By Mark Nicholson
The Transit of Venus
Kenya. December 26, 2022
Yesterday was Christmas day. You wouldn’t think I would need to say that but in our family it always causes a debate since we celebrate two Christmases every year.
After a lunchtime feast of roast chicken (which we all prefer to turkey), we went off for a walk with the dogs and met up with Kamau, a young boy of about 10, who lives in the tea camp below us in the valley with his single mum. He likes to come home several times a week to play table tennis. I asked him about his Christmas. He replied that he had had a mandazi , a Swahili air-filled doughnut, for breakfast. In the evening, he was expecting a bowl of rice with sukuma wiki, a collard that is widely grown as a staple vegetable in this part of the world. His modest Christmas meal reminded the more fortunate of us that a Christmas feast in a mainly Christian African country is not available to everyone. On a good day, his Mum earns about Ksh. 350-450 (around $3.50) picking tea. On that meagre wage, she has to look after her family and pay primary school fees, supposedly free in Kenya, yet in reality not at all. Many young children are sent home for failing to contribute to school finances and many children in the camp pick tea, which is illegal.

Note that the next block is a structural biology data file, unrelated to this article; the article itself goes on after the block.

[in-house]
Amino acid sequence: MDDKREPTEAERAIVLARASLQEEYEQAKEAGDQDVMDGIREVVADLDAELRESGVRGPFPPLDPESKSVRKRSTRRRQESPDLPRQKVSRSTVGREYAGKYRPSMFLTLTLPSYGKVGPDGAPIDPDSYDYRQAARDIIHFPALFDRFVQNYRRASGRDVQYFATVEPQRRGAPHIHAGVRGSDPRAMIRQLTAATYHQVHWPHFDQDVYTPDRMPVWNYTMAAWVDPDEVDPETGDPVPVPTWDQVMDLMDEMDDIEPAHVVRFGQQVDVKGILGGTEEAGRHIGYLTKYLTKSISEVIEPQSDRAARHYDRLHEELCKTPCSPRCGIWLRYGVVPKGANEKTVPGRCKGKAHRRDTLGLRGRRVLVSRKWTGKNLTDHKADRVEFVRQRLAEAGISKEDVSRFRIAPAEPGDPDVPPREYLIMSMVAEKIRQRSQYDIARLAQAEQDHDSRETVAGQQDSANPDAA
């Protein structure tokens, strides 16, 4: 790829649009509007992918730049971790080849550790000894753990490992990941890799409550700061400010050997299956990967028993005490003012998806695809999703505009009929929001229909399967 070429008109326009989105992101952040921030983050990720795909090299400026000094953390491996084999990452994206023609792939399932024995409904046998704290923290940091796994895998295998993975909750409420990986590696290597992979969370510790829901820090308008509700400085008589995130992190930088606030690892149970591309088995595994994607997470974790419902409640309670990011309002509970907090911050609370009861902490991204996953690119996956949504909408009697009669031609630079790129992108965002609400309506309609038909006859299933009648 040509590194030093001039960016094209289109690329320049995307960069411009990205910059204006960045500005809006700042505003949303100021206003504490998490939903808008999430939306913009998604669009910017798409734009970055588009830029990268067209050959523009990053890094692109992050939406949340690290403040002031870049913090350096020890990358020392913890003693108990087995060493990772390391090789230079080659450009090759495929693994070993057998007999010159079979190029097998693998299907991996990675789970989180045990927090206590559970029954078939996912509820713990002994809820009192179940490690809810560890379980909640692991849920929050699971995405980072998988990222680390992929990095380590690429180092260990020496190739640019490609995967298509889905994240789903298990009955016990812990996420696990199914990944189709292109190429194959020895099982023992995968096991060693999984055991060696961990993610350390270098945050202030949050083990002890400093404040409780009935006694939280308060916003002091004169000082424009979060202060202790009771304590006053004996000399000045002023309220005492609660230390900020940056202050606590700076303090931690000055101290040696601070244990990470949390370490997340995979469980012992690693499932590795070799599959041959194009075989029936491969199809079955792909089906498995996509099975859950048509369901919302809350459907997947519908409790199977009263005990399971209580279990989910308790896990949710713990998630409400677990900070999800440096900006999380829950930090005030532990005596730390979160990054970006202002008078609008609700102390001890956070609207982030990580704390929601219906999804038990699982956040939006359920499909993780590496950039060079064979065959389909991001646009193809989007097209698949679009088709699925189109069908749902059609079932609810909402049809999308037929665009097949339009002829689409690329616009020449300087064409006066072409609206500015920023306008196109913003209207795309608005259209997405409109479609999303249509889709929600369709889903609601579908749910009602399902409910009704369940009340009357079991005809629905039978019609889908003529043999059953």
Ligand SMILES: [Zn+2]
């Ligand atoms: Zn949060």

No religious festival has absorbed more pagan traditions, along with the amalgamation of other myths and stories, than the ‘Western’, i.e. Catholic/ Protestant, Christmas. Santa Claus (from the Dutch Sinter Klaas) seems to have evolved from two totally unrelated sources: one was Nicholas, Bishop of Myra in Turkey in the 3rd Century C.E., who was canonized for his generosity. The other was based on one of the Scandinavian gods, Odin (Wotan/Wodan) or his son Thor. In Norse mythology, reindeer were supposed to represent the god Thor with his chariot pulled by horned goats. Santa’s resurgent popularity in the 20th Century was the result of Coca Cola’s advertising campaign of 1933. Christmas trees were introduced into England by Queen Victoria’s husband Prince Albert in 1840. In his German-speaking homeland they had been a winter decoration since the 1500s. Queen Victoria sent the first Christmas card in 1843 and that tradition will doubtless be replaced by text messages. A London baker created Christmas crackers in 1847. Both the Aztecs and the Mayans domesticated turkeys which were later shipped back to Europe by the Spanish conquistadors.
Likewise, no festival has been more corrupted by consumerism, materialism and excess. So my Ethiopian wife has every right to perceive it as the “phoney” Christmas. In contrast, Orthodox Christmas as observed in Eastern Europe, Syria, Coptic Egypt and Ethiopia is celebrated on January 7th (based on the Julian calendar). In Ethiopia, Santa Claus and other trappings do not feature and it is a more sober affair. The Christmas feast is preceded by a 40-day fast when no meat, eggs or dairy products can be eaten. On Christmas Eve (January 6th) the faithful converge on churches and enjoy (or endure) services lasting between six and ten hours. At 5 a.m. they return home to prepare doro wat, a chicken stew accompanied by njera, the staple fermented bread that is unique to Ethiopia. Christmas gifts are not part of the Ethiopian Orthodox tradition.